On 4th July, ACD undertook a preliminary roost inspection of a barn in Highworth, Swindon. The barn had lots of potential features for roosting bats, with a stone wall containing many holes and crevices which bats could use as summer roosts and also possibly for hibernation.
An endoscope was used on all of the suitable features that was accessible. Inside the barn was a wooden panel mounted on the stone wall with an electricity meter attached. Previously several common pipistrelle bats Pipistrellus pipistrellus had been found under this feature. A torch was shone upwards from underneath the wooden panel where an outline of a bat appeared. On closer inspection with the endoscope, we were very excited to see that there was in fact a beautiful barbastelle bat Barbastella barbastellus! Barbastelles are very distinctive due to their blackish coloured fur, long rounded ears which meet on the forehead and short upturned nose giving it a pug-like appearance. They are very elusive and found only in southern England and Wales. Few breeding sites are known and they often live in crevices in trees.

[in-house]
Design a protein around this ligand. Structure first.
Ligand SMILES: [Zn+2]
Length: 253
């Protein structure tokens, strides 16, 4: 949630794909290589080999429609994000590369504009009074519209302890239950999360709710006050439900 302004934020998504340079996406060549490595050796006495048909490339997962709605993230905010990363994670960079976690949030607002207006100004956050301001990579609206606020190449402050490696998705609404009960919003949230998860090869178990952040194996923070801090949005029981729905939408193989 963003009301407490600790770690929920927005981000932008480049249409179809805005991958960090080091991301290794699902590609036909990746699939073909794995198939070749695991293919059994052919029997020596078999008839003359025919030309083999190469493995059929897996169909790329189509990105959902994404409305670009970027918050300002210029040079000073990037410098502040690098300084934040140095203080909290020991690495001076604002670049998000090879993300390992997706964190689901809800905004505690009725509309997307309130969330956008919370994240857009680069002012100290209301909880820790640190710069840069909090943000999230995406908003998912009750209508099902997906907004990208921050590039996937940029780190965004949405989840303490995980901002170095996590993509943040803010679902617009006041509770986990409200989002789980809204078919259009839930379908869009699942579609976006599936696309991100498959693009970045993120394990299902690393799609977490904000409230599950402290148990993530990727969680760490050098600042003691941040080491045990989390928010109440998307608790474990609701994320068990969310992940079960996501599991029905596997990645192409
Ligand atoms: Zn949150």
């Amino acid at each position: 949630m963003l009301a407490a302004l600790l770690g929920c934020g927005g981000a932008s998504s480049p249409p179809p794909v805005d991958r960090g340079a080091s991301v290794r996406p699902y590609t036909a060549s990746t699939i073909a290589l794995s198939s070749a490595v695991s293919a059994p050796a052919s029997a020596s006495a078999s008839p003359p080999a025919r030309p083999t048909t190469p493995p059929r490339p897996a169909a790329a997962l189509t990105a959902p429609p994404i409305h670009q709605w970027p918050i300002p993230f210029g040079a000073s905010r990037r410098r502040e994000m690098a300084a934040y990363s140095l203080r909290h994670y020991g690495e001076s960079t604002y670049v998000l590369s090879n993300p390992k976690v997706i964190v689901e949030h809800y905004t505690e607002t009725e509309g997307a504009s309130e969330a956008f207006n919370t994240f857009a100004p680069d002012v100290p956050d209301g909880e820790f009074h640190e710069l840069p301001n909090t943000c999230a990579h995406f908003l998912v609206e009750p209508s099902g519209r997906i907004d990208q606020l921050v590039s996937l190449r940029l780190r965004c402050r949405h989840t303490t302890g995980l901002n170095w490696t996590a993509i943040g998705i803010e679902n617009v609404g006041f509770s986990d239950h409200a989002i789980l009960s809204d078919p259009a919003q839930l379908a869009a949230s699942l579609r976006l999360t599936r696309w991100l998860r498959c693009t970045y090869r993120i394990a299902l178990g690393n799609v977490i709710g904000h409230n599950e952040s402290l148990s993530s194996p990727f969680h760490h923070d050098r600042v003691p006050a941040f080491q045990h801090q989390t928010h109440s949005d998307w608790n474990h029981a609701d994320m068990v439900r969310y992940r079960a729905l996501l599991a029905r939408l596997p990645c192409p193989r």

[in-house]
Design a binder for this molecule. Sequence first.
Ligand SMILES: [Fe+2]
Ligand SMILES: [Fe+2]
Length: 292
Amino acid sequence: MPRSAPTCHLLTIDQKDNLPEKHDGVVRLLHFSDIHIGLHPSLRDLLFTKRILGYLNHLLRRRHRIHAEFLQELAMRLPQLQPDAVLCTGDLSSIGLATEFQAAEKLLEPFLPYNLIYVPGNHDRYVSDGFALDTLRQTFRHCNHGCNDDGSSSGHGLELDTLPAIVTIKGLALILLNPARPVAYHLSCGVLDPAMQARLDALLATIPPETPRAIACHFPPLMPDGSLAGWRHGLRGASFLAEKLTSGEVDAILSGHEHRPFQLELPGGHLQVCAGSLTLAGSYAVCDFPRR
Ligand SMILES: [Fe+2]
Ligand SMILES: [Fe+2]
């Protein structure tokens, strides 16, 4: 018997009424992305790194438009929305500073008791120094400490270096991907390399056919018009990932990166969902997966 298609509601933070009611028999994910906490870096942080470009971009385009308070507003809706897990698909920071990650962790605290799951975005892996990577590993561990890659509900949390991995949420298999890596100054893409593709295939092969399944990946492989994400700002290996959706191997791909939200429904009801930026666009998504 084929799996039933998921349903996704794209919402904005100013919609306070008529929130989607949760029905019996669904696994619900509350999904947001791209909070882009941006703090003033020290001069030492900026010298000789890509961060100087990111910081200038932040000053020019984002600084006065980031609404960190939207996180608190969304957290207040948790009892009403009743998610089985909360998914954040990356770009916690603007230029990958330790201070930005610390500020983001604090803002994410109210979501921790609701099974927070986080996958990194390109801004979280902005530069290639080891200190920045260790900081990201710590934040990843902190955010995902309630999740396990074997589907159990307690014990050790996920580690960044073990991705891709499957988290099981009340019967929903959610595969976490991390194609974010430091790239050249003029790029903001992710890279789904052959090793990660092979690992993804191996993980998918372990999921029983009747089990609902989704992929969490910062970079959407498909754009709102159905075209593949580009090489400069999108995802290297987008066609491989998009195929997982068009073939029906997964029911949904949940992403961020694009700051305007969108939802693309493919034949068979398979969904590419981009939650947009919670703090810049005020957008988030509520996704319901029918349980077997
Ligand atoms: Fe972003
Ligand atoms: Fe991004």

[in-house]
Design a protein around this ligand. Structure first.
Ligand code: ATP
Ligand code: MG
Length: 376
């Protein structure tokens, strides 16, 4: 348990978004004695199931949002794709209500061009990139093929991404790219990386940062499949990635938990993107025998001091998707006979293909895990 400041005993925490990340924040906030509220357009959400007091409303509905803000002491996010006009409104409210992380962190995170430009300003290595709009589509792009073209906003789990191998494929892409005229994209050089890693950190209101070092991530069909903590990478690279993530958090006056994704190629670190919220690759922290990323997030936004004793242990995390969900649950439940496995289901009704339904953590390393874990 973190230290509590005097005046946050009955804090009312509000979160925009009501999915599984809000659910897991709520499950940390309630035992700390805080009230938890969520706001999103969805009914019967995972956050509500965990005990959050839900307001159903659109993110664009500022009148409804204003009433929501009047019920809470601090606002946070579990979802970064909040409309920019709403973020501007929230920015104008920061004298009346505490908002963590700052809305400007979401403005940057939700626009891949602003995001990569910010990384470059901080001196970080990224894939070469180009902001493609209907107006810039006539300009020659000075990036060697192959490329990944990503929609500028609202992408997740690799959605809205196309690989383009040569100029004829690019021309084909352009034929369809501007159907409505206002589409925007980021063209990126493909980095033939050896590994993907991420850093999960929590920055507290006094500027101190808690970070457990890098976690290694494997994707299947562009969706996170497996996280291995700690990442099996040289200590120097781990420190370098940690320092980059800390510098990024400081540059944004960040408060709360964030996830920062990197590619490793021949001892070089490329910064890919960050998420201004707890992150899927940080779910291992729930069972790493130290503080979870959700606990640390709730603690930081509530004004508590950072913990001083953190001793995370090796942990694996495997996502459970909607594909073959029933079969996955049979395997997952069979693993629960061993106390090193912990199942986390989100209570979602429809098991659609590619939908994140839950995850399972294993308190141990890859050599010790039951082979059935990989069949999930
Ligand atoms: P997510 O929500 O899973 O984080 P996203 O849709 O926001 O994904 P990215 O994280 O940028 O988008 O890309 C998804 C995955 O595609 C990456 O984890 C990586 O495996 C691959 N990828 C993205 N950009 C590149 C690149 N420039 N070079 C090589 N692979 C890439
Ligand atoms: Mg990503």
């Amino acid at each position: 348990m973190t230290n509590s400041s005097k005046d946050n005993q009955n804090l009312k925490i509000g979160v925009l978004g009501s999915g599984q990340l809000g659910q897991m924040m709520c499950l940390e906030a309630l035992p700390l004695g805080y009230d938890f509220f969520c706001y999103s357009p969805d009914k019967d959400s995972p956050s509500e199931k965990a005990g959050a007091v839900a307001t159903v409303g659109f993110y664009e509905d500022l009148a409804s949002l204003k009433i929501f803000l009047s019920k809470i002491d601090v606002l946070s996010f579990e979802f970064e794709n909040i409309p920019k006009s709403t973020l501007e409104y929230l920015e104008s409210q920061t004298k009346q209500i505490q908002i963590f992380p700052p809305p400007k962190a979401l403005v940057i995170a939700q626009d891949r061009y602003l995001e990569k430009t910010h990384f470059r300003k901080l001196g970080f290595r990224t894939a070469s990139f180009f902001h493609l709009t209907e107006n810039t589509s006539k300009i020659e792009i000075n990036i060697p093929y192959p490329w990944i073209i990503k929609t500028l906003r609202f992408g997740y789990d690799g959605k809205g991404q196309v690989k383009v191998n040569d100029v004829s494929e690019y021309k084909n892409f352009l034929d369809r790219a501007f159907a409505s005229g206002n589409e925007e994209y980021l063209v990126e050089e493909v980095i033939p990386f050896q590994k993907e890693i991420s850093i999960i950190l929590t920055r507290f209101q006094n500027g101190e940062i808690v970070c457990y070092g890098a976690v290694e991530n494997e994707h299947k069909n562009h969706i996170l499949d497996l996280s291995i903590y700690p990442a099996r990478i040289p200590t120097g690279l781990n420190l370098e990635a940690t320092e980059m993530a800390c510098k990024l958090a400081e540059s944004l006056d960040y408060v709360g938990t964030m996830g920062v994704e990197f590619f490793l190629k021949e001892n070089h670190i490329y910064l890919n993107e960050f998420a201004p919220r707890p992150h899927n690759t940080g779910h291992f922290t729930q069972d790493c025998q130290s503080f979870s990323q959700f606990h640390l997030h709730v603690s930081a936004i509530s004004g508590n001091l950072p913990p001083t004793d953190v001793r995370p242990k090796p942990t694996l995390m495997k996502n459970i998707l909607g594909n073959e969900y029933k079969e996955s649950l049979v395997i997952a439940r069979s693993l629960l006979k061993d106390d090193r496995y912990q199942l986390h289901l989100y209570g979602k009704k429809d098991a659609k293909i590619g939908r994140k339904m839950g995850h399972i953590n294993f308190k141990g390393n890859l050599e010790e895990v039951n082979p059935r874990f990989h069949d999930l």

Barbastelle bats are extremely rare and therefore have a high level of protection. They are protected in the UK under the Wildlife and Countryside Act, 1981, they are also a priority species under the UK Post-2010 Biodiveristy Framework, Europen Protected Species under Annex IV of the European Habitats Directive and listed as Near Threatened on the global IUCN Red List of Threatened Species.
Barbastelle bat Barbastella barbastellus